School of Medicine
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Samuel Yang, MD, FACEP
Associate Professor of Emergency Medicine at the Stanford University Medical Center
Current Research and Scholarly Interests Dr. Yang's research is focused on bridging the translational gap at the interface of molecular biology, genome science, engineering, and acute care medicine. The investigative interest of the Yang lab falls within the general theme of developing integrative systems-level approaches for precision diagnostics, as well as data driven knowledge discoveries, to improve the health outcome and our understanding of complex critical illnesses. Using sepsis as the disease model with complex host-pathogen dynamics, the goals of the Yang lab are divided into 2 areas:
1) Developing high-content, near-patient, diagnostic system for rapid broad pathogen detection and characterization.
2) Integrating multi-omics molecular and phenotypic data layers with novel computational approaches into AI-assisted diagnostics and predictive analytics for sepsis.
Maame Yaa A. B. Yiadom
Clinical Instructor, Emergency Medicine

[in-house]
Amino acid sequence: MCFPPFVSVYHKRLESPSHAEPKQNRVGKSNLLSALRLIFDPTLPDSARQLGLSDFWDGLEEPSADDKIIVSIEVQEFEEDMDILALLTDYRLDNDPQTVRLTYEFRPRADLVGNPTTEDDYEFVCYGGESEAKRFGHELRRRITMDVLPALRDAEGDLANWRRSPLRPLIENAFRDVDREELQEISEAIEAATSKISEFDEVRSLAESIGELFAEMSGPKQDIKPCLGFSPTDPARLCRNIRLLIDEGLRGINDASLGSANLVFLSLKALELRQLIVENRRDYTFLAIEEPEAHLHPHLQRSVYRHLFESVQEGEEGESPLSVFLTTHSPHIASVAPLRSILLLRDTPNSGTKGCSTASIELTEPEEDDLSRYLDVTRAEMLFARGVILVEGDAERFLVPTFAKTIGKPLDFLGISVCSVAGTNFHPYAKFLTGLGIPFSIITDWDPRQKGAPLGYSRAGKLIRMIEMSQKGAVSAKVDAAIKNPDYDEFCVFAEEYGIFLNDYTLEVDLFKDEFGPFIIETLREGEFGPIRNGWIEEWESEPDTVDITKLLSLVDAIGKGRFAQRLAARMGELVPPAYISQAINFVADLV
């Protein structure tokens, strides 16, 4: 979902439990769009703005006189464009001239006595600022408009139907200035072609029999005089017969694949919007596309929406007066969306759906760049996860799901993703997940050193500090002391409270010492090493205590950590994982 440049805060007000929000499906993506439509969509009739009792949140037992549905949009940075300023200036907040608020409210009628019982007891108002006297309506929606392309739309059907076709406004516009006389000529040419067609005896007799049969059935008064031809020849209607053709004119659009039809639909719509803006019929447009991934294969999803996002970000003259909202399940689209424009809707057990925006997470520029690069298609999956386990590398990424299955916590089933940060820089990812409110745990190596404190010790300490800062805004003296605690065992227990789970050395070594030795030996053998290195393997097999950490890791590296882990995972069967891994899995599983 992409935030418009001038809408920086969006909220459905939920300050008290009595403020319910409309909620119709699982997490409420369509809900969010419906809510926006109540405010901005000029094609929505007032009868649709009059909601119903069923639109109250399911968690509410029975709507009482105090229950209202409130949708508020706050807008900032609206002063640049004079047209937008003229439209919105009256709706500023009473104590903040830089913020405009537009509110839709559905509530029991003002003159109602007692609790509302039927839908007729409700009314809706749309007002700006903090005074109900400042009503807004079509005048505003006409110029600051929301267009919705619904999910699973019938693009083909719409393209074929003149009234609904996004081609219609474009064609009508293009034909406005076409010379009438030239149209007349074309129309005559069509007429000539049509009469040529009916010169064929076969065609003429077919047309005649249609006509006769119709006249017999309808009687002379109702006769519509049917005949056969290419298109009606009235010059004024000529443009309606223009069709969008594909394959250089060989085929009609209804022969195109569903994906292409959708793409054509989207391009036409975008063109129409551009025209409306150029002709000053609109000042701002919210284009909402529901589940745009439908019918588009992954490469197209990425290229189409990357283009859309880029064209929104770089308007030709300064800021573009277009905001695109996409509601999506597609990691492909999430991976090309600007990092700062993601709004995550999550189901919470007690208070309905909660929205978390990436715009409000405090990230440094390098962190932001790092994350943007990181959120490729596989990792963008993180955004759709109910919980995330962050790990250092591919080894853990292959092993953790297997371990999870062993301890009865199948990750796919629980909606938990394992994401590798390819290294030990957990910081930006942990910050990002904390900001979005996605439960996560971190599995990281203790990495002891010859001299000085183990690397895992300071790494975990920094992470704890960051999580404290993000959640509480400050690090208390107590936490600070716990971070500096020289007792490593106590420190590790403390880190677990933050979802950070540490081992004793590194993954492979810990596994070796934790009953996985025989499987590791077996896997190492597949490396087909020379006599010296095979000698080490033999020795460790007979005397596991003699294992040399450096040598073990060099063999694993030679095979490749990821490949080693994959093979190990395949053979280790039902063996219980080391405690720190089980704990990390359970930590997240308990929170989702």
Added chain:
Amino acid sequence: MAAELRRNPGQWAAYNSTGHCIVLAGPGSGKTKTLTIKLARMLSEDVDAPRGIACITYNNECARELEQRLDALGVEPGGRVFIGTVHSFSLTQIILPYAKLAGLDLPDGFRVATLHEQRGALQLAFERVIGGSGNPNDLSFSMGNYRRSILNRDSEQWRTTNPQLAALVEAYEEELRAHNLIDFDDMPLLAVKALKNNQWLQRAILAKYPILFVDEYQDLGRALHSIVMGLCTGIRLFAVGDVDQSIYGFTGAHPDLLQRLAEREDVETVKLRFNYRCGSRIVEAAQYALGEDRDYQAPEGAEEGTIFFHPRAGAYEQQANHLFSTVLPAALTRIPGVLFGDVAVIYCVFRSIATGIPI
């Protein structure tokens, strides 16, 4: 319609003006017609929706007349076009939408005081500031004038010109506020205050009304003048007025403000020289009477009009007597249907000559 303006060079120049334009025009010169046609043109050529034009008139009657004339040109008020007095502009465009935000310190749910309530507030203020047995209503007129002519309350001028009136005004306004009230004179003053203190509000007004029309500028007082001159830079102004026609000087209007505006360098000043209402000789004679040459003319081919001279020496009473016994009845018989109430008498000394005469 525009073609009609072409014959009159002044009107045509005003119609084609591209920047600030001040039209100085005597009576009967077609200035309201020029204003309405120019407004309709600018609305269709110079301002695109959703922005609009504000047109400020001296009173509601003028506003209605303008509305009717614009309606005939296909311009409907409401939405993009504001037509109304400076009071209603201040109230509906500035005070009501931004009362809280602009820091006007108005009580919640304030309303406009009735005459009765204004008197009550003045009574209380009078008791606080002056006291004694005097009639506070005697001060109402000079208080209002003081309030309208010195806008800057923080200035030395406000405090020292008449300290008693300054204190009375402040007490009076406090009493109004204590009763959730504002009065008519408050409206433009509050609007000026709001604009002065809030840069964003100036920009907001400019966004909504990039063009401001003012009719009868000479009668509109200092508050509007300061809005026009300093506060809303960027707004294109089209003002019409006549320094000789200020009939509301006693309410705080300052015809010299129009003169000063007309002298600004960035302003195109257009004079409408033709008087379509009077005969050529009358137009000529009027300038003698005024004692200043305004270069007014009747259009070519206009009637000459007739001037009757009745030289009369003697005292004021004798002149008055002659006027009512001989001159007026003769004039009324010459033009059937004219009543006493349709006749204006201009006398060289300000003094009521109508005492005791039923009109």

Bio Dr. Yiadom is an Associate Professor of Emergency Medicine at Stanford University and researcher with expertise in emergency care clinical operations and timely emergency care delivery. She was first trained in health care policy in Princeton University?s School of Public and International Affairs. She subsequently worked as a healthcare industry management consultant here in New York City for CSC Global Health Solutions Group, and was the Dean?s Office Chief of Staff at Drexel Medical School in Philadelphia. She completed her medical education at Robert Wood Johnson Medical School, a Masters in Public Health (MPH) at Harvard with additional health policy training from Johns Hopkins. She subsequently did residency at Mass General and Brigham and Women?s Hospitals? Harvard affiliated program, and completed a Masters of Science in Clinical Investigation (MSCI) at Vanderbilt University.
Dr. Yiadom is the Principal Investigator for the Stanford Emergency Care Health Services Research Data Coordinating Center (HSR-DCC). Her research focuses on applications of evidence-based medicine to optimize clinical operations to target patient pathophysiology for time-sensitive conditions. STEMI is her prototype disease. Current work includes refining clinical process, using informatics to support evidence-based practice, and performance measurement to identify real-world care improvement opportunities. Her research is supported by the National Heart Lung and Blood Institute (NHLBI), and ED Benchmarking Alliance. She is the Founding Director of the Emergency Department Operations Study Group (EDOSG), and on the Board of Directors for the Emergency Department Benchmarking Alliance (EDBA). Her interested in population health via emergency care have extended to Haiti, Guyana and Ghana. She and her husband Ryan Van Cleave (Airforce veteran, and Northern California native) have 3 children: Marialex (age 17), Victoria (age 14), and Jasmine (age 5).